06.20.12 2:14 PM ET
Some Context For The Rockets From Gaza
Over the past two days, Hamas has launched a barrage of rockets into southern Israel. These attacks are horrible, and their significance far-reaching: No one should have to live with the uncertainty and fear they bring; no one should have to grab a child and run. Moreover, rockets fired by Hamas itself, rather than militants over whom the movement may or may not have any real control, represents a worrying escalation.
But there are other facts to this story, facts that are no less important but which tend not to be discussed when rockets start flying out of Gaza. To wit:
On Monday evening, the IDF carried out strikes in several locations in Gaza, and Palestinian[s] reported that five people were wounded. Shortly afterward, the IDF carried out two more strikes and killed four Palestinians.
Those strikes were carried out in response to rockets. Which came in response to Israeli strikes. Which came in response to rockets.
Just like in March of this year. And August of last year. And March of the year before that. And January 2010, too. And of course there was Operation Cast Lead, the full-on war of in the winter of 2008/9.
The details vary, the number of deaths, the methods of violence, but the basics remain identical: Violence leads to violence, more Palestinians die than Israelis, and somewhere along the line an Israeli official says something like:
This cannot be allowed to continue…We will have to catch [Hamas members], to tear them apart, to chop them to pieces. This is what I’m certain the Israel Defense Forces and the security service will do.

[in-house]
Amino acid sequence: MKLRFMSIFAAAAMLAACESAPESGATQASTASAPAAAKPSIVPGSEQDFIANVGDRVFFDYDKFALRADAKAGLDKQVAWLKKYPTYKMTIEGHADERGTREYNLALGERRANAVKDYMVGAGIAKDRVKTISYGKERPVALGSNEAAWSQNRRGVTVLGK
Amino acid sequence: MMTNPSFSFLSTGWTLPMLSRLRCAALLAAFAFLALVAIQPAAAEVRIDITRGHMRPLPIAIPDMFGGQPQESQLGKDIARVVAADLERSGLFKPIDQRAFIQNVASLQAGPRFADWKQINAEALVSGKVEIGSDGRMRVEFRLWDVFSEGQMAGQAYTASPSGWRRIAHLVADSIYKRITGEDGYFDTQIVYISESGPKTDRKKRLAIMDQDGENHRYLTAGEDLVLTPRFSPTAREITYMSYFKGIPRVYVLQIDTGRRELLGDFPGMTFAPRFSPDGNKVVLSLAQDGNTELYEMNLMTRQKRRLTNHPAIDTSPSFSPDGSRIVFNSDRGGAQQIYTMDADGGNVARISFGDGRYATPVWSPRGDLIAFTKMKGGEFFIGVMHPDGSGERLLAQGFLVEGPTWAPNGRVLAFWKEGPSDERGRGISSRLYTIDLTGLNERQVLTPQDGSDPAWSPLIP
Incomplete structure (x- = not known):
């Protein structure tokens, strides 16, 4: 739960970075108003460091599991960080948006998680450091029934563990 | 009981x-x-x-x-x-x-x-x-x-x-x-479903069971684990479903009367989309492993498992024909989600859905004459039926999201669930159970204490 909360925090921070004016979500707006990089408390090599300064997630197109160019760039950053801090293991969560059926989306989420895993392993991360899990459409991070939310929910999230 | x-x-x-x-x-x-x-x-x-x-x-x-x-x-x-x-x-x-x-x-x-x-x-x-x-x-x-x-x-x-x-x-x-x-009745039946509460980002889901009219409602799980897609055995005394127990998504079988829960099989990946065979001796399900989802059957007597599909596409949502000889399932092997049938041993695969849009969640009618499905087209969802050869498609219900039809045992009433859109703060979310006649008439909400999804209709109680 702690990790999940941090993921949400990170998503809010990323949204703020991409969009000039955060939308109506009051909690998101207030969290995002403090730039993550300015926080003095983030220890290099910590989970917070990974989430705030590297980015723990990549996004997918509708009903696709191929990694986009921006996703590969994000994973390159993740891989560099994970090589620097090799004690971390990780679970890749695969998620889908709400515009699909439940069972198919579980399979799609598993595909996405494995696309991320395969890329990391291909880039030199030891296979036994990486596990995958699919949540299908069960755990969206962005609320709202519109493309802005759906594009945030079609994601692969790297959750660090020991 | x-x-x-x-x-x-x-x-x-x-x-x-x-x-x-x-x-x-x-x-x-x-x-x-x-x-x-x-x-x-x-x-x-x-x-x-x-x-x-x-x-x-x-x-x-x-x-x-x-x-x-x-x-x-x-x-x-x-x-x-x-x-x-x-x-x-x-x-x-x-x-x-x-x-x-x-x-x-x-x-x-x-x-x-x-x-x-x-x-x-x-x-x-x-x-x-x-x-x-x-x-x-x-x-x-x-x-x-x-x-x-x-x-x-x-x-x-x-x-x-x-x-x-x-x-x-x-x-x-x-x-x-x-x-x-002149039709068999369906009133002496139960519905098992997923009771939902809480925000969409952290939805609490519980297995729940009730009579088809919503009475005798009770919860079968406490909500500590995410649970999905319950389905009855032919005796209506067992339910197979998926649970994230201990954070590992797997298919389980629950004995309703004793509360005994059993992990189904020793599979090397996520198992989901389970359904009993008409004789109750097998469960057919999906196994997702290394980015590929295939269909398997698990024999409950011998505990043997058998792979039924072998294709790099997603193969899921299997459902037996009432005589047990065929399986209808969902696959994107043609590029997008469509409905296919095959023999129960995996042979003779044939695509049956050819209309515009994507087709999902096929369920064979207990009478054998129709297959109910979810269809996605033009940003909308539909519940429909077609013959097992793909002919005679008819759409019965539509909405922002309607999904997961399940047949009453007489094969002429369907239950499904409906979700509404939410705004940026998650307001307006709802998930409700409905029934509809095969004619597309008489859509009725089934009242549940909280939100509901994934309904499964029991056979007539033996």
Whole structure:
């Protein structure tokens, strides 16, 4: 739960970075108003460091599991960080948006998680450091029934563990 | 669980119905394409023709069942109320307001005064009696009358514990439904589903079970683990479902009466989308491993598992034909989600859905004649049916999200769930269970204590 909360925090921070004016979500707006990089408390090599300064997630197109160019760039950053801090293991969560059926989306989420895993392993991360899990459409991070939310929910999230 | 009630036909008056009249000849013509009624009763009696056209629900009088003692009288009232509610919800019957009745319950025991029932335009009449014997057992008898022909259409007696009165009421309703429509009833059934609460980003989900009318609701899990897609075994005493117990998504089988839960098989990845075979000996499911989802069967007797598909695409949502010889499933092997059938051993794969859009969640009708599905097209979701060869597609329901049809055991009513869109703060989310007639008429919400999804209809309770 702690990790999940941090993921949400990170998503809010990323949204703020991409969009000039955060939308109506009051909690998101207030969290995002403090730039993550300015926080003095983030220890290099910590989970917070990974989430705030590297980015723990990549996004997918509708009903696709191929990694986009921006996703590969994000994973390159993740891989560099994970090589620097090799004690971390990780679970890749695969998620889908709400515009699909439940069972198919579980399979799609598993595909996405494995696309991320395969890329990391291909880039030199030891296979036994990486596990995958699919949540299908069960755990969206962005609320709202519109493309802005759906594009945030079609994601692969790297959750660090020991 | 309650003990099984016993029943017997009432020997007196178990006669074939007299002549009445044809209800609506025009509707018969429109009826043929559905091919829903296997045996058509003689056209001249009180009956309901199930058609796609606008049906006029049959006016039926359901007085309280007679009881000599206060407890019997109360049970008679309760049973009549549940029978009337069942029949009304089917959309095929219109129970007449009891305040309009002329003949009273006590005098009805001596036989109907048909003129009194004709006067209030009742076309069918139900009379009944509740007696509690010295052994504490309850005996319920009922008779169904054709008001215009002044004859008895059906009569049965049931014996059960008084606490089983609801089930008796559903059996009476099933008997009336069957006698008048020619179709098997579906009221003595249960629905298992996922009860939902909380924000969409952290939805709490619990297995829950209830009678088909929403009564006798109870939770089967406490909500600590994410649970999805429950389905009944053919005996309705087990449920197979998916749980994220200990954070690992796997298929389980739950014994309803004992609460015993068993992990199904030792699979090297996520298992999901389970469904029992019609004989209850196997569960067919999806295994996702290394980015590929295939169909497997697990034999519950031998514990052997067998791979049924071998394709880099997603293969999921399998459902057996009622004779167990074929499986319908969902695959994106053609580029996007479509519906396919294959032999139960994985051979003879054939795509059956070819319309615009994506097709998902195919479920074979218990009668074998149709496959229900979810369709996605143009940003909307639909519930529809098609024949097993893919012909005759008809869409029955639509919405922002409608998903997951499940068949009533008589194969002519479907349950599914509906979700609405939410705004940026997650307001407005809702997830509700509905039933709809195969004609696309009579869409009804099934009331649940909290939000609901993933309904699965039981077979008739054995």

But here’s the thing: You know when that actual quote was uttered, and by whom? In 1996, by then-President Ezer Weizman, in response to an especially grisly suicide bombing in Tel Aviv.
I remember that bombing particularly well, because I reported on it. I remember hearing such responses from Israelis officials again and again during the years of suicide terrorism, and watching the IDF tear into the Gaza Strip and West Bank, again and again.
And here we are, Hamas still fully operational, sixteen years later.
Remember 2006’s War-In-All-But-Name “Operation Summer Rains”? Israel responded to the capture of Gilad Shalit by decimating Gaza from above, destroying roads and bridges as well as the Strip’s single power plant and killing 202 Palestinians (five Israeli soldiers were also killed), in an effort to win Shalit’s release and prevent the firing of rockets.
In 2008, Operation Cast Lead (1,396 Palestinians and nine Israelis dead) was launched to “break Hamas resistance.” In January 2010, Netanyahu “threatened [to] respond to every single rocket by Gaza militants.” Last March, Netanyahu declared Israel had “a clear policy regarding security issues…resolute preventative steps against terror.”
At what point do we admit that Israel’s Gaza policies are an abject failure?
The fact is that Israel has gone into the Palestinian territories over and over, tearing the people and their institutions to shreds in an effort to stop Hamas and the other militant organizations—and for what? Putting aside, for just a moment, the staggering moral implications of the occupation and blockade, after all of this death and mayhem, what’s been achieved for Israel?
Israelis are not secure. Israelis do not live in peace. Israelis do not know that they will be able to raise their children to adulthood without sending them into a meat-grinder that is war on the way—on the contrary, Israelis tend to assume that the next war is just a matter of time.
Insanity, it’s said, is the act of doing the same thing over and over and expecting different results.
But I’m the crazy one for advocating negotiations.